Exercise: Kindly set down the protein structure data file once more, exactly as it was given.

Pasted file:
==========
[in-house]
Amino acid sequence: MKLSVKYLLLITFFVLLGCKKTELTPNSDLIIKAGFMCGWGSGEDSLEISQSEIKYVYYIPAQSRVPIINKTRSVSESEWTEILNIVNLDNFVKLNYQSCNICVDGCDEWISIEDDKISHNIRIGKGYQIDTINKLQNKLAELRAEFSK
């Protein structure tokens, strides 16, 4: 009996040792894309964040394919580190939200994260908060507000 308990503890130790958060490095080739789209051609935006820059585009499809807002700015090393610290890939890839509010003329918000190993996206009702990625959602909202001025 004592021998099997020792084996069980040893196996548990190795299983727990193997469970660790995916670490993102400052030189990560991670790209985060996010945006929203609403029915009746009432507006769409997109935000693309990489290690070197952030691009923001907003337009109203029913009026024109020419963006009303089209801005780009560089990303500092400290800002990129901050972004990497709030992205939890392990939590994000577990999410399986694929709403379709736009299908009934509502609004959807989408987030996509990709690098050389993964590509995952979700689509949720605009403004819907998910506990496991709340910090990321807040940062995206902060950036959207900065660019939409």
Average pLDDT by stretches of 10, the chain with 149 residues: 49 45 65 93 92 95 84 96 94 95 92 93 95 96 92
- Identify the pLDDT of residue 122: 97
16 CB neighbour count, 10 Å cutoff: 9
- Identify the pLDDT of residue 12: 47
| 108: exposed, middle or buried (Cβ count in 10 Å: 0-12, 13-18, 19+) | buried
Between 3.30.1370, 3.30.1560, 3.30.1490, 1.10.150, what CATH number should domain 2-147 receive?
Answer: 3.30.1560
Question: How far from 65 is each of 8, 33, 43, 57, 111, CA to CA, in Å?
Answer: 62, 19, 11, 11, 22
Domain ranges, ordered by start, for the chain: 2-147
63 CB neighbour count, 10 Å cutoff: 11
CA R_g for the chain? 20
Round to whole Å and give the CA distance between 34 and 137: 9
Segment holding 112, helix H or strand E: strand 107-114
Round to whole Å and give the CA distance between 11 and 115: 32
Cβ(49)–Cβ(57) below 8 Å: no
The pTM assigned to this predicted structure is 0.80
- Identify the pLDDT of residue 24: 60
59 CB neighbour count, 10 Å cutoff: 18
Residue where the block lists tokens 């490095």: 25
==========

[in-house]
Amino acid sequence: MKLSVKYLLLITFFVLLGCKKTELTPNSDLIIKAGFMCGWGSGEDSLEISQSEIKYVYYIPAQSRVPIINKTRSVSESEWTEILNIVNLDNFVKLNYQSCNICVDGCDEWISIEDDKISHNIRIGKGYQIDTINKLQNKLAELRAEFSK
């Protein structure tokens, strides 16, 4: 009996040792894309964040394919580190939200994260908060507000 308990503890130790958060490095080739789209051609935006820059585009499809807002700015090393610290890939890839509010003329918000190993996206009702990625959602909202001025 004592021998099997020792084996069980040893196996548990190795299983727990193997469970660790995916670490993102400052030189990560991670790209985060996010945006929203609403029915009746009432507006769409997109935000693309990489290690070197952030691009923001907003337009109203029913009026024109020419963006009303089209801005780009560089990303500092400290800002990129901050972004990497709030992205939890392990939590994000577990999410399986694929709403379709736009299908009934509502609004959807989408987030996509990709690098050389993964590509995952979700689509949720605009403004819907998910506990496991709340910090990321807040940062995206902060950036959207900065660019939409």
Average pLDDT by stretches of 10, the chain with 149 residues: 49 45 65 93 92 95 84 96 94 95 92 93 95 96 92
- Identify the pLDDT of residue 122: 97
16 CB neighbour count, 10 Å cutoff: 9
- Identify the pLDDT of residue 12: 47
| 108: exposed, middle or buried (Cβ count in 10 Å: 0-12, 13-18, 19+) | buried
Between 3.30.1370, 3.30.1560, 3.30.1490, 1.10.150, what CATH number should domain 2-147 receive?
Answer: 3.30.1560
Question: How far from 65 is each of 8, 33, 43, 57, 111, CA to CA, in Å?
Answer: 62, 19, 11, 11, 22
Domain ranges, ordered by start, for the chain: 2-147
63 CB neighbour count, 10 Å cutoff: 11
CA R_g for the chain? 20
Round to whole Å and give the CA distance between 34 and 137: 9
Segment holding 112, helix H or strand E: strand 107-114
Round to whole Å and give the CA distance between 11 and 115: 32
Cβ(49)–Cβ(57) below 8 Å: no
The pTM assigned to this predicted structure is 0.80
- Identify the pLDDT of residue 24: 60
59 CB neighbour count, 10 Å cutoff: 18
Residue where the block lists tokens 């490095």: 25